Saul Bass: poster art and movie title design

Saul Bass created some of the most memorable opening title sequences in film history. The American graphic artist introduced a minimalist style – a unique blend of simple type, stop-frame animation and intriguing symbolism. Graphics come to life under his direction. They are animated, they move, they incorporate image, text and credits. Bass gets his graphics to perform a choreographed dance to the often abstract jazzy soundtracks. Up until Bass, opening credits were a tired affair, created by an in-house film team. He made the opener part of the cinematic experience. Bass elevated it to an art form.

Bass also designed the film posters, and they too are much more than your standard film promotional ad. His work straddled the world of art, highlighted in a new poster book Saul Bass: 20 Iconic Film Posters, published by Laurence King. The book’s size and treatment, with its handy removable 12 x 16-inch posters, is a great way to observe the more static work of Bass.

Hollywood took notice of Bass around 1955 following his work with Billy Wilder on The Seven Year Itch. The comedy, staring Marilyn Monroe, opens with an engaging, all-graphic sequence that became the Bass signature. With a stop-frame technique one by one text credits emerge from beneath animated building blocks, highlighted by the jazz-inspired hand-painted titles of Harold Adler. The brilliant lettering artist subsequently became a collaborator on many future Bass projects.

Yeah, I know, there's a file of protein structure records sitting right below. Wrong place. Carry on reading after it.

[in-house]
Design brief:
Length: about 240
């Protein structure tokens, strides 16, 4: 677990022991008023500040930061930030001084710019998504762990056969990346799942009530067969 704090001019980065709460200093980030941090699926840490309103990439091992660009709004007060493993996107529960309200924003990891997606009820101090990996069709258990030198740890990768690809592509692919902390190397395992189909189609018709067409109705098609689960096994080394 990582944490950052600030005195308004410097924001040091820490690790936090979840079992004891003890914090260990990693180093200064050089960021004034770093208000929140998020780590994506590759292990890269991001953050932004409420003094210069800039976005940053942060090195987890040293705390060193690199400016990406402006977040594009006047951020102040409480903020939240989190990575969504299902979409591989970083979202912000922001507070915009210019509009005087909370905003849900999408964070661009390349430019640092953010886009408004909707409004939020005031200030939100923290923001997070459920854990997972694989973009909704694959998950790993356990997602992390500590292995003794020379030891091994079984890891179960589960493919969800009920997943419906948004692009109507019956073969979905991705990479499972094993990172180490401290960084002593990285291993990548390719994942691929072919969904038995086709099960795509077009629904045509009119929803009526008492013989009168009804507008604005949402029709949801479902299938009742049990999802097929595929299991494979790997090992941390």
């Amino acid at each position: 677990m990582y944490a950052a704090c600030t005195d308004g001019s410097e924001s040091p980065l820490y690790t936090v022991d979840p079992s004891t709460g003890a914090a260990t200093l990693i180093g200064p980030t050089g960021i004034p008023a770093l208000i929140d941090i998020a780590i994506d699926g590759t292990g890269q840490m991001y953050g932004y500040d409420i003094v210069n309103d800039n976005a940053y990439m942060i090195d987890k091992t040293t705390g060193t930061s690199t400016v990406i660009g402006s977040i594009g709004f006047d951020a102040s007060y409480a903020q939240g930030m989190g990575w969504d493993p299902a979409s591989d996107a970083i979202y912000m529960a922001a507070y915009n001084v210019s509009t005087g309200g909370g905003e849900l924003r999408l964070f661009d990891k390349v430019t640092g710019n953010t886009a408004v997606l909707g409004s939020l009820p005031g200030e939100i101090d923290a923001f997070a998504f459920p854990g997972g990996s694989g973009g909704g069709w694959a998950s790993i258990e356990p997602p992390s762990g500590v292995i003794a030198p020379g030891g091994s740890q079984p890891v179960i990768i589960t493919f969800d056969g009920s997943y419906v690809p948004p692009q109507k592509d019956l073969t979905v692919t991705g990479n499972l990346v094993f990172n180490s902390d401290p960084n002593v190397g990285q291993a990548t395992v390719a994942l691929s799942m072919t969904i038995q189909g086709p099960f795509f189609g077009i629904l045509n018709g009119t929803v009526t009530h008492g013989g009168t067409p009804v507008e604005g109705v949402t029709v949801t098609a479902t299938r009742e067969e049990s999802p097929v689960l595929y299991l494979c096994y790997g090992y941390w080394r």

It was a style Bass had begun experimenting with the previous year working on Otto Preminger’s Carmen Jones, but one that was formalised on Wilder’s comedy. That same year Bass evolved this further for the brilliant opening sequence to Preminger’s The Man with a Golden Arm. Starring Frank Sinatra as Frankie, the troubled anti-hero drummer battling with drug addiction, and to the music of Elmer Bernstein, it remains one of the most advanced, and stylish opening credits in film history (watch the animation here)

Working alongside his wife Elaine, whom he married that year, Bass began collaborating with Hollywood’s greatest. With Alfred Hitchcock he completed North by Northwest, Vertigo and Psycho and he designed the opening credits and film poster for Stanley Kubrick’s The Shinning. However, by the mid sixties the couple largely gave up film openers to pursue their passion for film making. Bass also felt disillusioned with what he saw as a now showy, commercialised title style. He did, however, have a last go at titles with Martin Scorsese who insisted on working with the master graphic designer on Goodfellas, Cape Fear, The Age of Innocence and Casino.

Away from the movies, Bass was also responsible for some of the most classic logos, including the original AT&T 1969 ‘bell’ logo and the 1980s Kleenex symbol. Never distracted by fleeting fashion, the average lifespan of his logos is some thirty-four years!

Saul Bass: 20 Iconic Film Posters is by Jennifer Bass and Pat Kirkham is published by Laurence King

Nargess Banks

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